The trouble with some Florida students is that they don’t know much about history, a state lawmaker recently explained to his colleagues during a House debate on academic standards.
“There are many students,” Rep. Tom Feeney said last month, “who could not identify Thomas Paine as the man who said, ‘Give me liberty or give me death.’”
Whoops. He probably meant to say Patrick Henry, who delivered the speech crying out for liberty at the Virginia Convention in Richmond on March 23, 1775.
Mr. Feeney’s quibbling colleagues followed up the blunder with a series of hoots and one-liners.
Acknowledging the slip-up, Mr. Feeney sheepishly added: “And one legislator.”
“If we have time, we’ll get an amendment to post some of those documents in your office,” chided Rep. Lois J. Frankel.
The House was preparing for a vote on an academic-standards bill, which would require that students have a C average and take algebra to graduate. Lawmakers were trying to avoid loading the bill with amendments, such as the school prayer provision that led Gov. Lawton Chiles to reject a standards bill last year. (“Fla. Lawmakers at Odds Over Tax Plan for Schools,” March 19, 1997.)
This time around, House members were deadlocked over an “American heritage” amendment, which would encourage teachers to post historical documents, such as the writings of presidents and Supreme Court decisions, in their classrooms. Some lawmakers said some of the material could expose children to racist or offensive matter.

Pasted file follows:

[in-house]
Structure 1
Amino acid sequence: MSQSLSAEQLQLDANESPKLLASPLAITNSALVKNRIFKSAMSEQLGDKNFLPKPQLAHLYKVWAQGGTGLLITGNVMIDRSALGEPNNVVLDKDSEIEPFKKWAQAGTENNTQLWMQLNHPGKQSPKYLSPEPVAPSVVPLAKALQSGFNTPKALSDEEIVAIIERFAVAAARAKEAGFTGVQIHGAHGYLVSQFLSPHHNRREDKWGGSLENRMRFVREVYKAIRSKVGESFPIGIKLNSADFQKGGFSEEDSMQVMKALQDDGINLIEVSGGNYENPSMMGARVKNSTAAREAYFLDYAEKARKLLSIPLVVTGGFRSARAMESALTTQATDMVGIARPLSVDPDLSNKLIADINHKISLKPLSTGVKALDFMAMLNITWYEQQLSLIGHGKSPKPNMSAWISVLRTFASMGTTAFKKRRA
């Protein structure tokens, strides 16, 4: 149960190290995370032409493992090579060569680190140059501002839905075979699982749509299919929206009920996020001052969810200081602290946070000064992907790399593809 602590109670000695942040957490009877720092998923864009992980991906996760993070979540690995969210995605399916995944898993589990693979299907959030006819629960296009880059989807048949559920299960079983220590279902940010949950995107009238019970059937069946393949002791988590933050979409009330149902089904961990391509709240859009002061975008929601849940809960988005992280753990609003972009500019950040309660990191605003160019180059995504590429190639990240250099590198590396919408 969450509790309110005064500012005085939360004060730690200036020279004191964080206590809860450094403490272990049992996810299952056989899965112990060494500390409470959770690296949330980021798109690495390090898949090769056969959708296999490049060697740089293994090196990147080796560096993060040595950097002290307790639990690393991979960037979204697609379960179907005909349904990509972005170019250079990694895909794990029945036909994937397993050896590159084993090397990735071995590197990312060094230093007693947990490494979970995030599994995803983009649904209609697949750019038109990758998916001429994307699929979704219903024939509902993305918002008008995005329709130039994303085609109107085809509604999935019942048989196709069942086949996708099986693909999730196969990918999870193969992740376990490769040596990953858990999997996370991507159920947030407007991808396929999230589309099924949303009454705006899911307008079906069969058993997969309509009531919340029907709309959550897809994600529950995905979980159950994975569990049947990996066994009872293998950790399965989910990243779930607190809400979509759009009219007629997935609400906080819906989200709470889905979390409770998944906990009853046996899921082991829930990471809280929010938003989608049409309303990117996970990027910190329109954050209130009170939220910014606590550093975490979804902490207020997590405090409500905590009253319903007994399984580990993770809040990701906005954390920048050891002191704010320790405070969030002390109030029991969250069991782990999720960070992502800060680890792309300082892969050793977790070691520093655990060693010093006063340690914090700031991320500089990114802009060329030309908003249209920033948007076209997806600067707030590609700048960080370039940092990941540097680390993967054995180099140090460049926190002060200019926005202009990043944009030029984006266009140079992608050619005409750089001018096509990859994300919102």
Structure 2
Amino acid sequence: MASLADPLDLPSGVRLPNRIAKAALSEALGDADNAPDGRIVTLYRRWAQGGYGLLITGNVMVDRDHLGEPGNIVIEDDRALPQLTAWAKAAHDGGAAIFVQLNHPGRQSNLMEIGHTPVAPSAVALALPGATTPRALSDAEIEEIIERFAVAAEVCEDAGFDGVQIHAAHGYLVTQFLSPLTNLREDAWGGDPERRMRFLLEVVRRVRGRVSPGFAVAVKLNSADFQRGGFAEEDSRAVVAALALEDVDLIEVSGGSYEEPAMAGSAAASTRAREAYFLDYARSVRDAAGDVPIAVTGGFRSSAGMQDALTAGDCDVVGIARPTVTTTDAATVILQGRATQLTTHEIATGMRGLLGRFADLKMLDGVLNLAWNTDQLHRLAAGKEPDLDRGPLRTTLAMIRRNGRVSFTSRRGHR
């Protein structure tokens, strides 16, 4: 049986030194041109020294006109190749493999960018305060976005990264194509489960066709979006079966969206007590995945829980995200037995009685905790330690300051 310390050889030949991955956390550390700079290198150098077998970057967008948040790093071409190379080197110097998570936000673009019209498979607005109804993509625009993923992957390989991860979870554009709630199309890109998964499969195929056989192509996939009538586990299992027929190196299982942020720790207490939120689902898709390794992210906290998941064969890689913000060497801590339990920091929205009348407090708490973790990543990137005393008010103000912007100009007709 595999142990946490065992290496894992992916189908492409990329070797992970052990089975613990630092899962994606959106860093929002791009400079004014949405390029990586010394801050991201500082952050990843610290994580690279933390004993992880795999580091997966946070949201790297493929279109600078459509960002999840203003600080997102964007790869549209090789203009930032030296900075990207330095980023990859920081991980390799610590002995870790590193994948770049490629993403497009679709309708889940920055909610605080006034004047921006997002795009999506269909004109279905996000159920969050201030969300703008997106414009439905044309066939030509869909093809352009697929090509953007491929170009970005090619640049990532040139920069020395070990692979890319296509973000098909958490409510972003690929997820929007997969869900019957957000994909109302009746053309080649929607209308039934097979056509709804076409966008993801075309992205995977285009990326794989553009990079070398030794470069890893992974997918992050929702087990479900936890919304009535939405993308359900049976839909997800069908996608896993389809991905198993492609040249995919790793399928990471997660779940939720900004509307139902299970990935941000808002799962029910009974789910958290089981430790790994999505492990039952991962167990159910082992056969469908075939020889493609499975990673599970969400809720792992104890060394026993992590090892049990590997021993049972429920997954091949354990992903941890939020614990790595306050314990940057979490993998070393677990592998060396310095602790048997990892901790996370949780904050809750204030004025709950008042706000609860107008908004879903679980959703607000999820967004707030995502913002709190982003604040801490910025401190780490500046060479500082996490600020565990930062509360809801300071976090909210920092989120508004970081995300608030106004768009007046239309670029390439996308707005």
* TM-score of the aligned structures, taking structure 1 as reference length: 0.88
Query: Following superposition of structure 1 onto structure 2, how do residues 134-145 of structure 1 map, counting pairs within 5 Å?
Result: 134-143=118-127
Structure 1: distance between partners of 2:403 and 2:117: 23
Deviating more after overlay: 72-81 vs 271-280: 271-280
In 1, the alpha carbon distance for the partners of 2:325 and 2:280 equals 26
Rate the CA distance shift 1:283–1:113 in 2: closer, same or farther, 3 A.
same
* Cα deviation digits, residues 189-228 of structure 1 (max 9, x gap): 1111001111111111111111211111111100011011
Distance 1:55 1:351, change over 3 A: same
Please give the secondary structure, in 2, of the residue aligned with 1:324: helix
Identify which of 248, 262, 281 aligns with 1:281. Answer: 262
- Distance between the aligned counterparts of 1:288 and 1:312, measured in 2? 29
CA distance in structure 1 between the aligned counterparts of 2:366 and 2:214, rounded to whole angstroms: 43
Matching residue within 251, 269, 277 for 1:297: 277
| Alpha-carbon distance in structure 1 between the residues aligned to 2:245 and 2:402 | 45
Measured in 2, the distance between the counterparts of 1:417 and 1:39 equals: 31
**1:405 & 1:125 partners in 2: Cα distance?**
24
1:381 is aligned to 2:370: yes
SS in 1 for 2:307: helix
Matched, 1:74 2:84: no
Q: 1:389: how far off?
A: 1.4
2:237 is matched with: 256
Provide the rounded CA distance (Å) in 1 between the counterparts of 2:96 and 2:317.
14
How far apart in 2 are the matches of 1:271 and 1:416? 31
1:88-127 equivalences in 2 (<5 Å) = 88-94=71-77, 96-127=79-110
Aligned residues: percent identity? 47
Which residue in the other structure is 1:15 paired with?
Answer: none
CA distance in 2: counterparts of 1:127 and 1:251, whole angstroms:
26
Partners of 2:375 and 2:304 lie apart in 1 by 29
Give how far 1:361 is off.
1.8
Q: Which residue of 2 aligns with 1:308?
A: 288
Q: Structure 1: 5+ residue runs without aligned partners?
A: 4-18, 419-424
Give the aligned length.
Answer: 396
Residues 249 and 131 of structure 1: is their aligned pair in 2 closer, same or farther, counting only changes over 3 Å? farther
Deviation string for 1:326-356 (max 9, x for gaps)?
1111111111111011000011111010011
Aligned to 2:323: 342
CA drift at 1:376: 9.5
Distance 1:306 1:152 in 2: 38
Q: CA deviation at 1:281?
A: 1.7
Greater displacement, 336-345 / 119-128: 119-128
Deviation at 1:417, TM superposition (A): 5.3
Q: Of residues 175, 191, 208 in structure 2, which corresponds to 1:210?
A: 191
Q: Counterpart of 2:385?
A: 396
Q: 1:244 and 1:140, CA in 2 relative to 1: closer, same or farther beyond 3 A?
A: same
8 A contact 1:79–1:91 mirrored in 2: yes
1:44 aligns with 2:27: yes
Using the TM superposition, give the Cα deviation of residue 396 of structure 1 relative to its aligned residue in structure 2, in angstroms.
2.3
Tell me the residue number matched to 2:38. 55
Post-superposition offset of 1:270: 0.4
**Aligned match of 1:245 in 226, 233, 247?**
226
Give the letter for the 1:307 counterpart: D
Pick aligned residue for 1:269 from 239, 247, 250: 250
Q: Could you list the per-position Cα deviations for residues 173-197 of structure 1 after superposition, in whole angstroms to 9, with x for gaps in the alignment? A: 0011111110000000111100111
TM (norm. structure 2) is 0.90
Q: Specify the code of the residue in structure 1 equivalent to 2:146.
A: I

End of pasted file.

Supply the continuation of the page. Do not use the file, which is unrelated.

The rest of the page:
The Senate passed the standards bill earlier this session.
Thanks to the recent correction of a legislative glitch by Georgia lawmakers, school officials awaiting construction dollars won’t be left saying, “Show me the money.”
This past November, voters around the state approved a 1 percent sales tax for school construction. But last month, lawmakers discovered what could have been a disastrous oversight--the state department of revenue was not legally empowered to collect the taxes. Rep. Steve Stancil acted quickly to amend a related bill, enabling the department to collect the money, and the Senate passed the measure March 21. It awaits the governor’s signature.
--KERRY A. WHITE & JESSICA L. SANDHAM